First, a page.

This list is in no particular order… but if it was in order, and someone asked me “what is the one Asian film I should go out and grab” the words “Battle Royale” would come out of my lips before they even finished the question. An interesting mixture of social commentary, violence and dilemma tension (where you as an audience member think “what the hell would I do?”). We all always knew those asshole teachers wanted to see us dead! This movie just fucking RULES! There have long been rumors of a North American remake of this gem… I’m open to that… but it stands very little chance at being as good as the original. FROM SPOUT: “In a future where society is on the verge of collapse, the government takes drastic action against the problem of rebellious teenagers in this violent sci-fi opus from Japan. In the year 2002, Japan’s economy has taken a dramatic turn for the worse, and massive unemployment and inflation have thrown most adults into a state of chaos; the nation’s youth culture responds with unprecedented violence, delinquency, and truancy. Desperate to restore order, the Japanese parliament responds by creating the Millennial Reform School Act, in which groups of junior high students are selected at random, sent to an isolated island, and forced to play a rigorous war game, in which all but one of their number are killed. Kitano (Beat Takeshi) is an embittered school instructor who guides the 44 students of the Zentsuji Middle School’s Class B through the deadly game known as “Battle Royale,” as they struggle to survive against the elements and each other.”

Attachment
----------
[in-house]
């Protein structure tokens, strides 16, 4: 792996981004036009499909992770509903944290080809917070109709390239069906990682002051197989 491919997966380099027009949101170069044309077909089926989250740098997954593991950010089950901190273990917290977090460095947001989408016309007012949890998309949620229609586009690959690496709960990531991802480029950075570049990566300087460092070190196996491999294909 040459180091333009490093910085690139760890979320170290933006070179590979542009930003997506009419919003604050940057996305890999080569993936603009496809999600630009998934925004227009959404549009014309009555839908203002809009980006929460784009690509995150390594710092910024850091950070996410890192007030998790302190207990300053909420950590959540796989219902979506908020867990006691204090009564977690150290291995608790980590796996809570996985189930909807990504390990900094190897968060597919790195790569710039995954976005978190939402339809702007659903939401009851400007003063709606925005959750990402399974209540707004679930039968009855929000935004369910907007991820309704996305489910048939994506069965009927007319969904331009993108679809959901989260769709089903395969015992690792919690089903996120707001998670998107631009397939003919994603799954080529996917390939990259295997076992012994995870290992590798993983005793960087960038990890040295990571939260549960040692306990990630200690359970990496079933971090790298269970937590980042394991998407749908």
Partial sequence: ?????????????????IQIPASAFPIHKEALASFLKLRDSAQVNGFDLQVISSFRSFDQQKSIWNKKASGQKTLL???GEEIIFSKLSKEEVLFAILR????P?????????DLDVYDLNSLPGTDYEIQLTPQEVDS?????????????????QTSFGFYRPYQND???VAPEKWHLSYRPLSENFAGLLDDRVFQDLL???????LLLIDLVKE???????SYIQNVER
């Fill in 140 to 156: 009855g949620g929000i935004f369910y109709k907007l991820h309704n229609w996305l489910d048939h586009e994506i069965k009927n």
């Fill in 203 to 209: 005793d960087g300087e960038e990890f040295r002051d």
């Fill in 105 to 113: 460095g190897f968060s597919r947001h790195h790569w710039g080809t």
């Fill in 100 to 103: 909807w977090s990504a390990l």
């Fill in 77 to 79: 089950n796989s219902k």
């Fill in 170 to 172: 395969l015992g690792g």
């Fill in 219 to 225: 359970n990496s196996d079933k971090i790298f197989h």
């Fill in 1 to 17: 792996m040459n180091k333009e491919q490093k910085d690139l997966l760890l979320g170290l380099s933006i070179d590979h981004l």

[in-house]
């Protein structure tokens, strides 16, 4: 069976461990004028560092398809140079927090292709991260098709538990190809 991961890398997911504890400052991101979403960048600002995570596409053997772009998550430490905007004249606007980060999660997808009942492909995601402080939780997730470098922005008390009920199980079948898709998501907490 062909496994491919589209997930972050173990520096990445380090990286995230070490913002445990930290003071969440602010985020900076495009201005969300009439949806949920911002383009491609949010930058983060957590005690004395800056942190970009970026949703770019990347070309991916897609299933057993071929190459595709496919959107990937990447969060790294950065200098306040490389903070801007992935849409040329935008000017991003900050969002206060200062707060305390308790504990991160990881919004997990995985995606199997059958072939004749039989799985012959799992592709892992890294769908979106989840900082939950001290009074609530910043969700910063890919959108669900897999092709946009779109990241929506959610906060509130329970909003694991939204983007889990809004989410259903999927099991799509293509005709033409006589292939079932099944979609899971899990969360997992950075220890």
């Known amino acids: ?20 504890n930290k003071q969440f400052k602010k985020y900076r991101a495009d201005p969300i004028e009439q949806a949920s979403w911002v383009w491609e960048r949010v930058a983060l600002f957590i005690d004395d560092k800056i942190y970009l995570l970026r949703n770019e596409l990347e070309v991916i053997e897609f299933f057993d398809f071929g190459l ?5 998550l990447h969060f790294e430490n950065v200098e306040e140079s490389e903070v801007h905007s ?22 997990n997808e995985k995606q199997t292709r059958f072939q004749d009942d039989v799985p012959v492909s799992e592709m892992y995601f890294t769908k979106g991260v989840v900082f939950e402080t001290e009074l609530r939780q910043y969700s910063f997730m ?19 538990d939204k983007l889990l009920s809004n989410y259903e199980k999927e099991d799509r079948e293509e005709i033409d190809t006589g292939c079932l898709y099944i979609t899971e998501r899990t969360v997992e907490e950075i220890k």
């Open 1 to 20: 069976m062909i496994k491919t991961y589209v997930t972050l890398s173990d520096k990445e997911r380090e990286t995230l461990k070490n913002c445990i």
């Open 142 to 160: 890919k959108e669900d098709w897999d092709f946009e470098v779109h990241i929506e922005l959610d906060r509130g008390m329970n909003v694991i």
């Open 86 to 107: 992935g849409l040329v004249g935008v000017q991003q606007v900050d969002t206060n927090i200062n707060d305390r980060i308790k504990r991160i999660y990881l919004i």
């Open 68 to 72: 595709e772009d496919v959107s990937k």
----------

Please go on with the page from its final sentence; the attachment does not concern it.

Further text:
Asian-Film-Eye6) The Eye

No, not the Jessica Alba remake coming out soon (which actually inspired this list to be made) but rather the Pang bros horror masterpiece (the fact that Hollywood is so keen on remaking these Asian horror flicks should tell you something about just how good the originals are). Imagine being blind… then getting new eyes… but you start seeing thing you should not see. CREEPY… AS… HELL! Just a terrific concept for a horror film and it’s pulled off beautifully. FROM THE IMDB: “A blind girl gets a cornea transplant so that she would be able to see again. However, she got more than what she bargained for when she realised she could even see ghosts. And some of these ghosts are down right unfriendly. So she embarks on a journey to find the origins of her cornea and to reveal the history of the previous dead owner”

Asian-Film-Sisters7) A Tale Of Two Sisters

A combination of erie mystery thriller and outright horror, the film is a little hard to follow at times, but if you can hang on for the ride you’ll love it immensely. The movie also does a terrific job of playing out the paralyzing family issues well beyond just the creepies and scares of many other films of this type. I think I liked this movie even before I saw it, since I think it’s one of my all time favorite movie posters. FROM KFC CINEMA: “Su-mi and Su-yeon have always been very close as sisters. Su-mi, being the elder of the two, is very protective over her young sister Su-yeon. Since the death of their mother, the stepmother has ruled the house with an iron fist. Su-mi has always managed to confront her stepmother, but Su-yeon, being a very calm and fragile girl, could not defend herself against the psychological and physical abuse of her evil stepmother. Su-mi has tried many times to explain the situation to her father, but his relationship with the stepmother and his disbelief has insured no result. Su-mi and Su-yeon are now back from a mysterious absence and being back home doesn’t seem to please the two sisters very much. Having to live under the same roof as the stepmother is a nightmare for them. However, during the following days, strange incidents will occur. Another presence can be feel within the house, is it the step mother trying to scare the girls, or a spirit trying to take revenge?”